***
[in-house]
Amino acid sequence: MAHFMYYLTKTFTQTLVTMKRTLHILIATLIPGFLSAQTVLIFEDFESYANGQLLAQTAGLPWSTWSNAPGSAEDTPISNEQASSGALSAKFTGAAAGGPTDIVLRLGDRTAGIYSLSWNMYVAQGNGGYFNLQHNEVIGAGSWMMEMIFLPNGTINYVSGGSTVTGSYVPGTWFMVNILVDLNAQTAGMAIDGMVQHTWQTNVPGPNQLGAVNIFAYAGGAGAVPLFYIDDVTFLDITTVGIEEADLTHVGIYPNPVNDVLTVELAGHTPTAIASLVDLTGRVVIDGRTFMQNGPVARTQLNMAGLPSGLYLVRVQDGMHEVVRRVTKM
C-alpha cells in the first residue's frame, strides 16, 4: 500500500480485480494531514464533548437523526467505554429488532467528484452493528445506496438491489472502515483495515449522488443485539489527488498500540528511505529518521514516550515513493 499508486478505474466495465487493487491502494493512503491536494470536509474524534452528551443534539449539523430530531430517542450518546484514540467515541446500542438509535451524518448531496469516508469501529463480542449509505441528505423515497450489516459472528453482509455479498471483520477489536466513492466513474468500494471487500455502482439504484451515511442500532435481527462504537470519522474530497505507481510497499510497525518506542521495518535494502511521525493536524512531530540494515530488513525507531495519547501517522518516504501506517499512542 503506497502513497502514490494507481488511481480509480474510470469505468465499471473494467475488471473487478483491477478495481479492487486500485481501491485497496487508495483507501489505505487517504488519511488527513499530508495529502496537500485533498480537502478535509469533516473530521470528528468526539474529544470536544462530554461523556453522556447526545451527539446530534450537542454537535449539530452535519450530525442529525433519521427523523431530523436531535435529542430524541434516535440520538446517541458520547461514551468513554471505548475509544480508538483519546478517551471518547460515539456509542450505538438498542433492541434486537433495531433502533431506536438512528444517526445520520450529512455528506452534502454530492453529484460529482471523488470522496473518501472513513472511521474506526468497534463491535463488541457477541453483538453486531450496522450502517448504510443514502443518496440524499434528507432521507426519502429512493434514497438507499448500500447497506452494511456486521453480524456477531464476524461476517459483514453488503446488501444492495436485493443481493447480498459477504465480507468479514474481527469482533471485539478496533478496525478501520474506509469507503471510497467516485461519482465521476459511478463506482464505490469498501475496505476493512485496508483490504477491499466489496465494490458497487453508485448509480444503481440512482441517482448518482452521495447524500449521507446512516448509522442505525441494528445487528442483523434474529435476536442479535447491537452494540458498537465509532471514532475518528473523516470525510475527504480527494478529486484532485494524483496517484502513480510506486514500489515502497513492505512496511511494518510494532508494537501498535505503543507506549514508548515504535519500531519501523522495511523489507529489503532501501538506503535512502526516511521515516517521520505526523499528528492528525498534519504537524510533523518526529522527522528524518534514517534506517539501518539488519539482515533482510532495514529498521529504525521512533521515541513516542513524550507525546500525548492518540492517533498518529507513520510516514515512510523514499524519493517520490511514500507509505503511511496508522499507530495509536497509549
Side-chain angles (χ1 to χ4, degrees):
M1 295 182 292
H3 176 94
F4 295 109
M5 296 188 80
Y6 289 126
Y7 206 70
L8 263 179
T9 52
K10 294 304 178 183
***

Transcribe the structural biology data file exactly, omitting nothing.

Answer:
[in-house]
Amino acid sequence: MAHFMYYLTKTFTQTLVTMKRTLHILIATLIPGFLSAQTVLIFEDFESYANGQLLAQTAGLPWSTWSNAPGSAEDTPISNEQASSGALSAKFTGAAAGGPTDIVLRLGDRTAGIYSLSWNMYVAQGNGGYFNLQHNEVIGAGSWMMEMIFLPNGTINYVSGGSTVTGSYVPGTWFMVNILVDLNAQTAGMAIDGMVQHTWQTNVPGPNQLGAVNIFAYAGGAGAVPLFYIDDVTFLDITTVGIEEADLTHVGIYPNPVNDVLTVELAGHTPTAIASLVDLTGRVVIDGRTFMQNGPVARTQLNMAGLPSGLYLVRVQDGMHEVVRRVTKM
C-alpha cells in the first residue's frame, strides 16, 4: 500500500480485480494531514464533548437523526467505554429488532467528484452493528445506496438491489472502515483495515449522488443485539489527488498500540528511505529518521514516550515513493 499508486478505474466495465487493487491502494493512503491536494470536509474524534452528551443534539449539523430530531430517542450518546484514540467515541446500542438509535451524518448531496469516508469501529463480542449509505441528505423515497450489516459472528453482509455479498471483520477489536466513492466513474468500494471487500455502482439504484451515511442500532435481527462504537470519522474530497505507481510497499510497525518506542521495518535494502511521525493536524512531530540494515530488513525507531495519547501517522518516504501506517499512542 503506497502513497502514490494507481488511481480509480474510470469505468465499471473494467475488471473487478483491477478495481479492487486500485481501491485497496487508495483507501489505505487517504488519511488527513499530508495529502496537500485533498480537502478535509469533516473530521470528528468526539474529544470536544462530554461523556453522556447526545451527539446530534450537542454537535449539530452535519450530525442529525433519521427523523431530523436531535435529542430524541434516535440520538446517541458520547461514551468513554471505548475509544480508538483519546478517551471518547460515539456509542450505538438498542433492541434486537433495531433502533431506536438512528444517526445520520450529512455528506452534502454530492453529484460529482471523488470522496473518501472513513472511521474506526468497534463491535463488541457477541453483538453486531450496522450502517448504510443514502443518496440524499434528507432521507426519502429512493434514497438507499448500500447497506452494511456486521453480524456477531464476524461476517459483514453488503446488501444492495436485493443481493447480498459477504465480507468479514474481527469482533471485539478496533478496525478501520474506509469507503471510497467516485461519482465521476459511478463506482464505490469498501475496505476493512485496508483490504477491499466489496465494490458497487453508485448509480444503481440512482441517482448518482452521495447524500449521507446512516448509522442505525441494528445487528442483523434474529435476536442479535447491537452494540458498537465509532471514532475518528473523516470525510475527504480527494478529486484532485494524483496517484502513480510506486514500489515502497513492505512496511511494518510494532508494537501498535505503543507506549514508548515504535519500531519501523522495511523489507529489503532501501538506503535512502526516511521515516517521520505526523499528528492528525498534519504537524510533523518526529522527522528524518534514517534506517539501518539488519539482515533482510532495514529498521529504525521512533521515541513516542513524550507525546500525548492518540492517533498518529507513520510516514515512510523514499524519493517520490511514500507509505503511511496508522499507530495509536497509549
Side-chain angles (χ1 to χ4, degrees):
M1 295 182 292
H3 176 94
F4 295 109
M5 296 188 80
Y6 289 126
Y7 206 70
L8 263 179
T9 52
K10 294 304 178 183